The construction of the road network and road design greatly affect road safety: firstly, because they make certain conflicts impossible or unlikely (e.g., by physical separation of driving directions, separate bicycle tracks, clear roadsides); secondly, because they direct the desired traffic behaviour (recognisability, predictability).
Every year, about 140 fatal 'run-off-road crashes' involving motor vehicles (excluding two-wheelers) are registered in the Netherlands: they result in around 160 road deaths, more than a quarter of the total number of road deaths.
Wrong-way driving crashes are infrequent, but their outcome is often serious. Most wrong-way driving crashes occur when drivers inadvertently enter a motorway exit or when drivers turn around on a motorway.
About one third of the road deaths on Dutch roads occur at intersections. Within the urban area, this amounts to half and outside the urban area to slightly less than a quarter of the road deaths. A roundabout is the safest kind of intersection, because there are fewer conflict zones, because speed is lower, and impact angles are smaller than at a conventional intersection.
Traffic congestion occurs when traffic demand exceeds road capacity, or when an incident such as a traffic crash, a vehicle breakdown occurs or temporary roadworks take place, all of which temporarily reduce capacity and restrict traffic flow. Congestion crashes mainly occur at the tail end of a traffic jam. There, the speed of the traffic flow decreases sharply, which coincides with frequent and…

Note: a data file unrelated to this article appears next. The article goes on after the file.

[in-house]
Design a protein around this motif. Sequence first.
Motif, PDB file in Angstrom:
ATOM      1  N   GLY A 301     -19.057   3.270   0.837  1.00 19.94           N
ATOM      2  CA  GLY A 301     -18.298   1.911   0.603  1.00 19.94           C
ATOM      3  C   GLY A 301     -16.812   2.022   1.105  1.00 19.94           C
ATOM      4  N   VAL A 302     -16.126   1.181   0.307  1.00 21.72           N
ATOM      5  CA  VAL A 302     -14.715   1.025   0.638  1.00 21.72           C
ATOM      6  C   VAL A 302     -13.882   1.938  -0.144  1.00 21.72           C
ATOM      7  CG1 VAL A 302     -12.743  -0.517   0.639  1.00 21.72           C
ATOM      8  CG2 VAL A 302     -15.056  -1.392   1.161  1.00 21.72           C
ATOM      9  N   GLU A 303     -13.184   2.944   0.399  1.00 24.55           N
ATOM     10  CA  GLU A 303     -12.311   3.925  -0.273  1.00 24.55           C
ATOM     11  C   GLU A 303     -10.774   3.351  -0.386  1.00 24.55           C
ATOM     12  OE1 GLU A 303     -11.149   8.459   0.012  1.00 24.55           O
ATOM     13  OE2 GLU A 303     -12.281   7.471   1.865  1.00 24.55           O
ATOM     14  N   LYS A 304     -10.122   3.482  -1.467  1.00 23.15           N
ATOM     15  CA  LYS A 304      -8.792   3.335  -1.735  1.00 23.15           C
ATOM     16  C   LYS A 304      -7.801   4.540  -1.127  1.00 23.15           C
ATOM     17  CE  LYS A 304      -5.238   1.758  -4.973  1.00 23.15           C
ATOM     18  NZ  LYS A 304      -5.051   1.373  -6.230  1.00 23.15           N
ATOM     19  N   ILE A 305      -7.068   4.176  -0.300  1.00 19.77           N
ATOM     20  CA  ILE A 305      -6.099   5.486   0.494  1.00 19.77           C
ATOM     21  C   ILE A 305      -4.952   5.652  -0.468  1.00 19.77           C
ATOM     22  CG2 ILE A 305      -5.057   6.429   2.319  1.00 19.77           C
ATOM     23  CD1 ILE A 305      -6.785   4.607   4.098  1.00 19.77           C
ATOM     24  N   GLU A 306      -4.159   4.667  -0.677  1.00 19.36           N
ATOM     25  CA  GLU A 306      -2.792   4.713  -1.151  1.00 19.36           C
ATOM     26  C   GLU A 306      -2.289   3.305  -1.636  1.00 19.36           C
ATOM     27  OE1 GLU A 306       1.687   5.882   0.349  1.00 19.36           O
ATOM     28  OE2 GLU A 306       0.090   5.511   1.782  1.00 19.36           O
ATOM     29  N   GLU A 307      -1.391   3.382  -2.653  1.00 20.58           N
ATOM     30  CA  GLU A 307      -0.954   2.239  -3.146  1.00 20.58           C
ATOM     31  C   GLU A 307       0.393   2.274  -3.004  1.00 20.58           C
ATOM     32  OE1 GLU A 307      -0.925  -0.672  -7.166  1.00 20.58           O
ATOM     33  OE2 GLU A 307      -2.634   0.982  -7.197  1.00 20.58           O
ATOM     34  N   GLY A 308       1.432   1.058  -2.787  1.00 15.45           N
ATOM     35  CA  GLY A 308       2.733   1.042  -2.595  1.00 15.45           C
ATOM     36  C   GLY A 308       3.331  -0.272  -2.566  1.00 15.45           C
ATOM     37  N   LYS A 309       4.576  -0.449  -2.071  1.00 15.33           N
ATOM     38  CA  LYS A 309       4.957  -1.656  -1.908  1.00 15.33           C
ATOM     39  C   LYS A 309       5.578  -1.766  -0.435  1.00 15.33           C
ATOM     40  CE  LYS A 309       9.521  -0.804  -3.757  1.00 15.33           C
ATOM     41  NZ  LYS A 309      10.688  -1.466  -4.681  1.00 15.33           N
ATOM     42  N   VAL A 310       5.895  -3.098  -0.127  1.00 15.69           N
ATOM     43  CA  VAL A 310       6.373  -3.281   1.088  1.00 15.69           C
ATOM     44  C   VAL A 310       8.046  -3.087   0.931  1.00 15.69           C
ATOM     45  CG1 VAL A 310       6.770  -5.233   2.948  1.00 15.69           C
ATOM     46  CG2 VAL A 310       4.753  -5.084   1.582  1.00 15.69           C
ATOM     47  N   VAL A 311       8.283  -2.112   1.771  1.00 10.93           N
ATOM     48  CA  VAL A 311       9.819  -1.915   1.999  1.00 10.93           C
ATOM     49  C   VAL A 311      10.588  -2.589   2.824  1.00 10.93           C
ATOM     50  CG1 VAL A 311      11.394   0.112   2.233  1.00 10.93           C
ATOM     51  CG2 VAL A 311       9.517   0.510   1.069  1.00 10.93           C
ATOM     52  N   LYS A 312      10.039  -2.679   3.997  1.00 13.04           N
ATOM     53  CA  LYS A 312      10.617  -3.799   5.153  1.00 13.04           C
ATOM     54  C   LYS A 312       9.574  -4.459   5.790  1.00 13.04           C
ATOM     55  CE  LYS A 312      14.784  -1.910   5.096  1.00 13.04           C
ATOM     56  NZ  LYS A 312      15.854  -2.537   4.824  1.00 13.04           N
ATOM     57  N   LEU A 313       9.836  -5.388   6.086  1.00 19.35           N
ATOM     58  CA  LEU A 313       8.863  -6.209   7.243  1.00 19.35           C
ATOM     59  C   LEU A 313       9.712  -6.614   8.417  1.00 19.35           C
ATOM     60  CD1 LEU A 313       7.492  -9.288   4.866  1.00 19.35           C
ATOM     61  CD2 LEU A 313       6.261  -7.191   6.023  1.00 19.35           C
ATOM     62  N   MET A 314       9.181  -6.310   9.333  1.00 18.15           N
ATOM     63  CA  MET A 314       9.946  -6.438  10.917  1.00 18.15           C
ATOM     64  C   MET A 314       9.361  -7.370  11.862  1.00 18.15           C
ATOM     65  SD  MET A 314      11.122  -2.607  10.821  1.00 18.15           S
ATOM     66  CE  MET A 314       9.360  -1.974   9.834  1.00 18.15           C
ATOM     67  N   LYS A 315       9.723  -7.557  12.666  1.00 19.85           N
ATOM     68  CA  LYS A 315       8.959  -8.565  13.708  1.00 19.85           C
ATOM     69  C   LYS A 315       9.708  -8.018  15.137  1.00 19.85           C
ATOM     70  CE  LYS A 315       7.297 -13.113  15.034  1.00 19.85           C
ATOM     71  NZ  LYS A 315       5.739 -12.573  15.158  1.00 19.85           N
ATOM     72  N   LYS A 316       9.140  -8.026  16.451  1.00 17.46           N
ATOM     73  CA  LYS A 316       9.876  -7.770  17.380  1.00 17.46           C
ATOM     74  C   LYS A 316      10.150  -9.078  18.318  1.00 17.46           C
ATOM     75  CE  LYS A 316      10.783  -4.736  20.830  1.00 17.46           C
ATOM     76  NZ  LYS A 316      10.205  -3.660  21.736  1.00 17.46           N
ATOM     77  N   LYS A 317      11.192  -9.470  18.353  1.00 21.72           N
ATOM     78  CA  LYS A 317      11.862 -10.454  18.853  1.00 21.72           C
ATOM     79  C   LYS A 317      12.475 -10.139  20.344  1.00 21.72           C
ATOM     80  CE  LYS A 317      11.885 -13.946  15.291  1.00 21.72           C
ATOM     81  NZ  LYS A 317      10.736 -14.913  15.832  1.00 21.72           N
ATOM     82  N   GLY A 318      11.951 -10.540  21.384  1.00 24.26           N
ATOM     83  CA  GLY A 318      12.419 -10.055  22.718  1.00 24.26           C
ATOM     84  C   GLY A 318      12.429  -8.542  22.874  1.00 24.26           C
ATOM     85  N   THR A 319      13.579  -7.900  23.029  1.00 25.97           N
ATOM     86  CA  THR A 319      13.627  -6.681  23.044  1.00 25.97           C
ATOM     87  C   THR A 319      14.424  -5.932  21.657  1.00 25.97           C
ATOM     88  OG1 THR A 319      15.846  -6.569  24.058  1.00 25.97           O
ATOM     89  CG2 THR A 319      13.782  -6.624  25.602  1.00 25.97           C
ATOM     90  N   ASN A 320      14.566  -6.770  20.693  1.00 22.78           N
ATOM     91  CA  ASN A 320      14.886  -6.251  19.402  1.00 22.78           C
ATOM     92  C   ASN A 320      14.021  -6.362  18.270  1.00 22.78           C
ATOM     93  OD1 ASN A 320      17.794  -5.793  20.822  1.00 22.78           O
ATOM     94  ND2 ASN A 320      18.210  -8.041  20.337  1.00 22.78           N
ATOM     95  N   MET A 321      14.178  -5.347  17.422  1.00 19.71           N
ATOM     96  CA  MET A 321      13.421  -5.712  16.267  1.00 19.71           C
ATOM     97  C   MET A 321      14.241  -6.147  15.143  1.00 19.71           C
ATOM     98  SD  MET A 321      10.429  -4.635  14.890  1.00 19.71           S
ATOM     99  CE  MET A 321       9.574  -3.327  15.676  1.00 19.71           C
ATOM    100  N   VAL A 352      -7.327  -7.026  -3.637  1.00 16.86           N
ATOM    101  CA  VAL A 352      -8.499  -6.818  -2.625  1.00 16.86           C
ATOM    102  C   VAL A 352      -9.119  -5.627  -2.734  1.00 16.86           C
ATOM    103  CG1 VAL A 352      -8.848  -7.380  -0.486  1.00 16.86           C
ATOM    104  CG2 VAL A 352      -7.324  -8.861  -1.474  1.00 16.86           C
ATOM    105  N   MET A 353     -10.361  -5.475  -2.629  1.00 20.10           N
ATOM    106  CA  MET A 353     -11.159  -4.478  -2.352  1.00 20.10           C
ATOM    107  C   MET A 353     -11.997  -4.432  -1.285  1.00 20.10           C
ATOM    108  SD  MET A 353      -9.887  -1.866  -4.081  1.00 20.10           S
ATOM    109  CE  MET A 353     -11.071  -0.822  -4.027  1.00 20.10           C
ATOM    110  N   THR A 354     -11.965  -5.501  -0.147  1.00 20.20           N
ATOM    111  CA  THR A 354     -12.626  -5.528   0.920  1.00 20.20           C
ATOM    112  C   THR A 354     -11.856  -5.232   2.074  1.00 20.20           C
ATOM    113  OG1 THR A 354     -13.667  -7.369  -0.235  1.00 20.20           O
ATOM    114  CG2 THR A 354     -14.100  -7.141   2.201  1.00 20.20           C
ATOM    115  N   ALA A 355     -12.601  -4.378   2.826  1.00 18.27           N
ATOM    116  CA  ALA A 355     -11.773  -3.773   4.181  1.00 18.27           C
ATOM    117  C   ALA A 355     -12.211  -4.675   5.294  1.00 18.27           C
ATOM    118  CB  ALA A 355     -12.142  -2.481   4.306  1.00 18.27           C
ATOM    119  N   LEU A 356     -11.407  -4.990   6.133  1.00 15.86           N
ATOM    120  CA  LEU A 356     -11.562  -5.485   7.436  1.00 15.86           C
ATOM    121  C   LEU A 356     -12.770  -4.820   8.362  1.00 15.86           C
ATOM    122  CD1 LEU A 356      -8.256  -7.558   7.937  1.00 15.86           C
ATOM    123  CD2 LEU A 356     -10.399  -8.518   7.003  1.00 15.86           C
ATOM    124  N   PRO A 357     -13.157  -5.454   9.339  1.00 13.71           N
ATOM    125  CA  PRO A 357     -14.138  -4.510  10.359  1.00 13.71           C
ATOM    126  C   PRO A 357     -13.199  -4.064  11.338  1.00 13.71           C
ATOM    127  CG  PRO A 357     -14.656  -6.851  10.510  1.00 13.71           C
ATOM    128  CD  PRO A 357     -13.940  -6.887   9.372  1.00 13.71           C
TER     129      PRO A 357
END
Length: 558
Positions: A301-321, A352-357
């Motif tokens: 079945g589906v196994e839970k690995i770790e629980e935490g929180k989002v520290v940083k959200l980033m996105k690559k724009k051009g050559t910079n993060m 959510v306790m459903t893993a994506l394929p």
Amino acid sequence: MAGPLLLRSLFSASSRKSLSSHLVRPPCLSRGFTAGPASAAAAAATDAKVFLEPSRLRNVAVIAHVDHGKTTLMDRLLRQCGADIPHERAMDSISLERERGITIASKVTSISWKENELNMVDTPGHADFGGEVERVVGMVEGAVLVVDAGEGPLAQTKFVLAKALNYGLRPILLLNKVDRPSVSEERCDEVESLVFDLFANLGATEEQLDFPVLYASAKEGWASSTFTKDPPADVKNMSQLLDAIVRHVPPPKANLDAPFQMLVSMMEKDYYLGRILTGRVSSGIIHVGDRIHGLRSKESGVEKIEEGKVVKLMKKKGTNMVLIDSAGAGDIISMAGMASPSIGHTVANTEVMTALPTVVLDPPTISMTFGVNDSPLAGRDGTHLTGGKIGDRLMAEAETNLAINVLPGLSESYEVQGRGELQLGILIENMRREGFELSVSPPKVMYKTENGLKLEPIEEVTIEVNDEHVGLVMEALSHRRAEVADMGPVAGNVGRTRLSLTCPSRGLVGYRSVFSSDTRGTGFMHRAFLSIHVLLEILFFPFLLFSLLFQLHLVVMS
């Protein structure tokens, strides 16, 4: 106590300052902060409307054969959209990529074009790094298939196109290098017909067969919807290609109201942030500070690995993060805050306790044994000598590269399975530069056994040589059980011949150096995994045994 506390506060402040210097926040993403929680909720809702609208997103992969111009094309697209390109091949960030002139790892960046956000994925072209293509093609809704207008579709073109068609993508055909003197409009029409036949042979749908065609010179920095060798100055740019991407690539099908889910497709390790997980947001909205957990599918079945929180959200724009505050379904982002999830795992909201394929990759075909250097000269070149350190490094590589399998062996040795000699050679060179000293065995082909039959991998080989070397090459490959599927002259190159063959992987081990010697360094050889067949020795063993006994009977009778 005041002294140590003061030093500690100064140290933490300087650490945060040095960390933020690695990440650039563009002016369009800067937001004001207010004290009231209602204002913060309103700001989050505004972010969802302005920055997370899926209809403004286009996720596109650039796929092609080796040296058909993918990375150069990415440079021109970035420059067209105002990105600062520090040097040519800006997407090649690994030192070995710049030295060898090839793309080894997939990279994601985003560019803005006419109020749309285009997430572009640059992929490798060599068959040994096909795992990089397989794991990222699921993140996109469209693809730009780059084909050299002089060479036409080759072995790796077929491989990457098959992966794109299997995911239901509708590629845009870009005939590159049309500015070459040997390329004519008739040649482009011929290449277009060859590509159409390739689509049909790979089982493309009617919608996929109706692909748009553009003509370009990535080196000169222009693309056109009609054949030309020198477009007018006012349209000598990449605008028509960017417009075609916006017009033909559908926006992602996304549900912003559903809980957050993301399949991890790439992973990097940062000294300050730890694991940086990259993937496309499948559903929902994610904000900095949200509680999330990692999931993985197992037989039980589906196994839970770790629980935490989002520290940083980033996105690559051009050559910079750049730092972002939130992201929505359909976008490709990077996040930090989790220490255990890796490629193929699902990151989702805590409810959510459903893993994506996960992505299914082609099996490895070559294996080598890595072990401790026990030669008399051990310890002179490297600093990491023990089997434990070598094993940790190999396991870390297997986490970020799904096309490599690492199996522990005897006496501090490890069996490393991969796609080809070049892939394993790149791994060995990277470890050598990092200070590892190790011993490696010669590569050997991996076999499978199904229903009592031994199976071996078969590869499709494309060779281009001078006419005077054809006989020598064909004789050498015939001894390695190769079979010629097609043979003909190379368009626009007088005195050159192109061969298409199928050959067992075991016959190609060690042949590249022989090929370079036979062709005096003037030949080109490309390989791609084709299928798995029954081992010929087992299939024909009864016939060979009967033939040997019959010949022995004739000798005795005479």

This fact sheet considers road safety in the Netherlands from an international perspective. The number of serious road injuries is hard to compare to numbers in other countries, so we almost exclusively focus on the number of road deaths. For the Netherlands, we use the actual number of road deaths provided by Statistics Netherlands; i.e. the numbers adjusted for underregistration.
This fact sheet describes the road safety aspects of public transport and of level crossings – places where road and rail networks intersect. Public transport vehicles comprise buses, trams, light rail vehicles and trains.
In the Netherlands, on average, more than 50 people die every year in a submerged vehicle crash. More than two thirds die from drowning. The casualties are mainly car occupants, while cyclist and mobility scooter fatalities are also numerous. Casualties are mostly male and aged 18-24.
Risky road user behaviour is behaviour that adversely affects road safety, such as driving under the influence of alcohol, drugs or medicines, speeding, inappropriate speed, distracted or fatigued driving, red light negation, and failure to use or misuse means of protection (motorcycle or moped helmet, seatbelt).
A safe infrastructure is of vital importance to pedestrians and cyclists. In 2010-2019, 40% of the number of road deaths were pedestrians or cyclists. In 2018, they even made up 69% of the number of seriously injured road users.